TUC lifts the lid higher on the Probation crisis

This week’s TUC in Brighton had a definite feel of renewed hope following the unexpected result of the General Election.

Two key issues were hot topics for debate. One was obviously the need to break the public sector pay cap (click here to read the statement from myself and Yvonne Pattison issued to all Napo members), the other being the impact of the current Brexit ‘negotiations’ for want of a better word, that are going on between the UK government and the EU. I intend to give this latter and very important issue some coverage in the next Napo Quarterly (NQ) and given the seriousness of developments, I would not be surprised to see an emergency motion appear from somewhere into our upcoming AGM. 

The pay cap is an insult

On pay, it’s absolutely clear that the important work that Napo has been doing on re-modernising the probation pay system has now been relegated to the ‘Jam tomorrow’ section of the Ministers to-do list.

Instead, came a pathetic and patronising announcement from the self-styled  ‘Workers Party’ about the need to do more for public service staff followed by insulting pay offers to different groups of workers with a clear intention to divide and rule.

As can be seen from the Napo statement above, I will shortly be setting out plans to the Officers Group for a series of ballots on pay across all of the 24 Employers where Napo are represented. These will be indicative ballots to reflect the strength of feeling amongst our members about the attitude of their employers to decent pay both now and going forward. The ballots will be specifically tailored to ensure that any formal process down the track will clearly spell out the particular trade dispute that we may have to register with the NPS, PBNI, Cafcass or a CRC.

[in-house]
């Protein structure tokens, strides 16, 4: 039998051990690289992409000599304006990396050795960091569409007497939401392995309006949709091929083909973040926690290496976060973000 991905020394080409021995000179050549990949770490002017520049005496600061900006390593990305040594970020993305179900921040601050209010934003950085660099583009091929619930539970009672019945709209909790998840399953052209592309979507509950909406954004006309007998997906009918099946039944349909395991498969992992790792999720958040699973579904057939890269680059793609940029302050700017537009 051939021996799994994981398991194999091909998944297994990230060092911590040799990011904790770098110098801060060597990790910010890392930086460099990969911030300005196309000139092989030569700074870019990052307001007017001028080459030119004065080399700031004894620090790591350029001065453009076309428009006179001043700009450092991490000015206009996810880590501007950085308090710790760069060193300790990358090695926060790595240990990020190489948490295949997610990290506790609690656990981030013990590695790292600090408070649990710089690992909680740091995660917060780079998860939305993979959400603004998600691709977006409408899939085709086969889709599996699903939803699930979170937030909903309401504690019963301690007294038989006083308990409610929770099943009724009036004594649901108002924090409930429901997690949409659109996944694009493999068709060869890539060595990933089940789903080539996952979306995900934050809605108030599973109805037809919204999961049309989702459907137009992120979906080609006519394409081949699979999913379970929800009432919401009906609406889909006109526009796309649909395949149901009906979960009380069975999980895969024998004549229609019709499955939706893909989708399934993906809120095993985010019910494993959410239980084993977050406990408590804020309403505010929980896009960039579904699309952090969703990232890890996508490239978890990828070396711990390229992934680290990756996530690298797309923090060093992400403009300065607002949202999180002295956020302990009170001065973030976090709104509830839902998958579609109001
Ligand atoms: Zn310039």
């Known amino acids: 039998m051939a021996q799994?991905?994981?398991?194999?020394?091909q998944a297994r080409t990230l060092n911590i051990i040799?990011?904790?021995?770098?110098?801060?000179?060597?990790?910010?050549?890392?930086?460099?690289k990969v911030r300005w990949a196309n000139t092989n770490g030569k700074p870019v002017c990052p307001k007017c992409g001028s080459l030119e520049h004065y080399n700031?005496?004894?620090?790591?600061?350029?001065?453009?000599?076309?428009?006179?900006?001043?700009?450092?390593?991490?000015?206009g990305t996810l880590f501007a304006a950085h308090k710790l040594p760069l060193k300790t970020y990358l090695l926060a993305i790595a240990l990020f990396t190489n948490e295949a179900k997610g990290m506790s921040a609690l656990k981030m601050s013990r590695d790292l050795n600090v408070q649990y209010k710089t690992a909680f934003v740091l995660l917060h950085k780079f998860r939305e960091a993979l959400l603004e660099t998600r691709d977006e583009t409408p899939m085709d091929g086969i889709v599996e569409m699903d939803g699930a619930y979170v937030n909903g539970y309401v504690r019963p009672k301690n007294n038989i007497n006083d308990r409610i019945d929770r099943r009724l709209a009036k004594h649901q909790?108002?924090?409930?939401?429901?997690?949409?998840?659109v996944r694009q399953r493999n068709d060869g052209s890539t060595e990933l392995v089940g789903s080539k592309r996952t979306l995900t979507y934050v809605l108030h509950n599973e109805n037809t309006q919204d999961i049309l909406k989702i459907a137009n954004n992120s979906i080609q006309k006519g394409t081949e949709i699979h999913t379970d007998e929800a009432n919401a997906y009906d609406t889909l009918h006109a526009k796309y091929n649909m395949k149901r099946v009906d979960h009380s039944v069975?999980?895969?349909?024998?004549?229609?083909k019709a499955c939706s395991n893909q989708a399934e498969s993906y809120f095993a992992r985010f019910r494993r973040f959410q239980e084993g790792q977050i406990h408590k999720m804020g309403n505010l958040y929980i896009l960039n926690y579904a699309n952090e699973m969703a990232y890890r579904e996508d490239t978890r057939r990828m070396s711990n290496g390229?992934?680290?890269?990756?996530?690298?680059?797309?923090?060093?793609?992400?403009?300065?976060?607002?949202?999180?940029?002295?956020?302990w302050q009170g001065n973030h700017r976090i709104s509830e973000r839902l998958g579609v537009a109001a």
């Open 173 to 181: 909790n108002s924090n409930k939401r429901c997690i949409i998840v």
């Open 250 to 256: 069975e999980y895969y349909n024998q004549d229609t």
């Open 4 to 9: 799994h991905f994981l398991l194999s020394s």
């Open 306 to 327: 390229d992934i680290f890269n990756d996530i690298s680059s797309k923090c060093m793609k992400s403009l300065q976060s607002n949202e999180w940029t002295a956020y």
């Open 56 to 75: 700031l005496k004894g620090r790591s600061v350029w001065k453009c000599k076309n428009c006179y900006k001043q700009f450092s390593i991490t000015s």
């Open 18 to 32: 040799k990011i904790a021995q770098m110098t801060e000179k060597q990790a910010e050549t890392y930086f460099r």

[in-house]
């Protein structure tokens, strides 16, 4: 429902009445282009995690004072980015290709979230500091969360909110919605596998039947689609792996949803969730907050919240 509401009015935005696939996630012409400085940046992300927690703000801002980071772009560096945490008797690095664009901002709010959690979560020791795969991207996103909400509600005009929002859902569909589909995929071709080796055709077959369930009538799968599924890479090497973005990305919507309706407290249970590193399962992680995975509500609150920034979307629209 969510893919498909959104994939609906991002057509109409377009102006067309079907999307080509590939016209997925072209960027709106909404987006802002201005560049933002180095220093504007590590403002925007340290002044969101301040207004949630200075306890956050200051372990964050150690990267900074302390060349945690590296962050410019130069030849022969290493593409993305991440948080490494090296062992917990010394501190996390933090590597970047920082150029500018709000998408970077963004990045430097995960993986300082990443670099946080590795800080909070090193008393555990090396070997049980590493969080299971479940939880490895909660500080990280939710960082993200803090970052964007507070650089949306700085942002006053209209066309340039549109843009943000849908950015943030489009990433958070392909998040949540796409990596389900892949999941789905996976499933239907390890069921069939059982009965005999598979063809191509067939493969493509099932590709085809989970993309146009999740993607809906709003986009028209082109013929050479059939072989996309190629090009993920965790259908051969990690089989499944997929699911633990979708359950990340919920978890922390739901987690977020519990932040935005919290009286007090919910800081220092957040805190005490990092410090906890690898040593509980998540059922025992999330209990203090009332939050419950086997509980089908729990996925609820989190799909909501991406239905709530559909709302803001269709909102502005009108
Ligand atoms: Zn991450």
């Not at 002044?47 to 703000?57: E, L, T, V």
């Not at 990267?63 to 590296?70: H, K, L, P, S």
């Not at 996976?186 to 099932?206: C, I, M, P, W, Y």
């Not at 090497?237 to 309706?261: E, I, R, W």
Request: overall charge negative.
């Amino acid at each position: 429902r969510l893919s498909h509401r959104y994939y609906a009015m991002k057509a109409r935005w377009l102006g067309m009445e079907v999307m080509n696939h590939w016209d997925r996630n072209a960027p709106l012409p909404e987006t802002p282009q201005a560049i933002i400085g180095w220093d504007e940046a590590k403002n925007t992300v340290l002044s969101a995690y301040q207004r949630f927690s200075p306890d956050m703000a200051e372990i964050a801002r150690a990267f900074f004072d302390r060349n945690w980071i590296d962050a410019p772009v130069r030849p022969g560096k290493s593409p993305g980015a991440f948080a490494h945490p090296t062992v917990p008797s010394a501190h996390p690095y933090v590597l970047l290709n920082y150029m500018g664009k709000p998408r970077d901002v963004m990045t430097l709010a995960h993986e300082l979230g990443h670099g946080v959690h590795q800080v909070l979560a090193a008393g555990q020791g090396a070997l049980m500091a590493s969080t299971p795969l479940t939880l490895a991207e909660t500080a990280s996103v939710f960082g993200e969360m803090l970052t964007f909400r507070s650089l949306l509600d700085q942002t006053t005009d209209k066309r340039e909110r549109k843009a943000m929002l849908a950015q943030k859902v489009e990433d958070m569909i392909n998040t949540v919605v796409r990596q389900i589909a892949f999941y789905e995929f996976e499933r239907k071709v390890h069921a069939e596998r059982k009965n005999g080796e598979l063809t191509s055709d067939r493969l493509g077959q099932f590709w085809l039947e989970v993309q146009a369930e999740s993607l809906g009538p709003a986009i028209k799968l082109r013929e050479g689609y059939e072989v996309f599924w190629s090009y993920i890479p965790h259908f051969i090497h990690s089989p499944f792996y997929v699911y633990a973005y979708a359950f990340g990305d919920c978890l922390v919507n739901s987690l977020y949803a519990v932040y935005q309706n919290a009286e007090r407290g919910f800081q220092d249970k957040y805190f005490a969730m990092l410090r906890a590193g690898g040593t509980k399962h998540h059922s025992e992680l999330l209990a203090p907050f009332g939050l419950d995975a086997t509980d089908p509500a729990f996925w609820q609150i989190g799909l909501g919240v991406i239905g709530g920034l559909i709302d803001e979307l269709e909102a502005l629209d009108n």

More details will follow shortly, but if these plans are approved we could do with a big turn out and a big ‘yes’ to the prospect of industrial action should this become necessary.

Congress gives probation campaign a big boost

Amongst the myriad of other important topics that were discussed at Brighton were of course our two motions on the state of the probation service (Motion 68 and Motion 69)

Some members may have live streamed the debates but if not then here is what I said on Motion 69 and here is the Morning Star take on probation the same day

Both Yvonne and I engaged with a lot more delegation members than usual at the various fringes and networking events and received many compliments for the way in which we spelled out the problems in the few minutes that are afforded to all speakers.

The good run of media coverage that we have had in recent weeks has been added to by today’s excellent article by Hardeep Matharu a talented young journalist who has followed the probation crisis since Grayling caused it all in 2014.


Lots more next week, have a great weekend

Blog type: 
General Secretary's Blog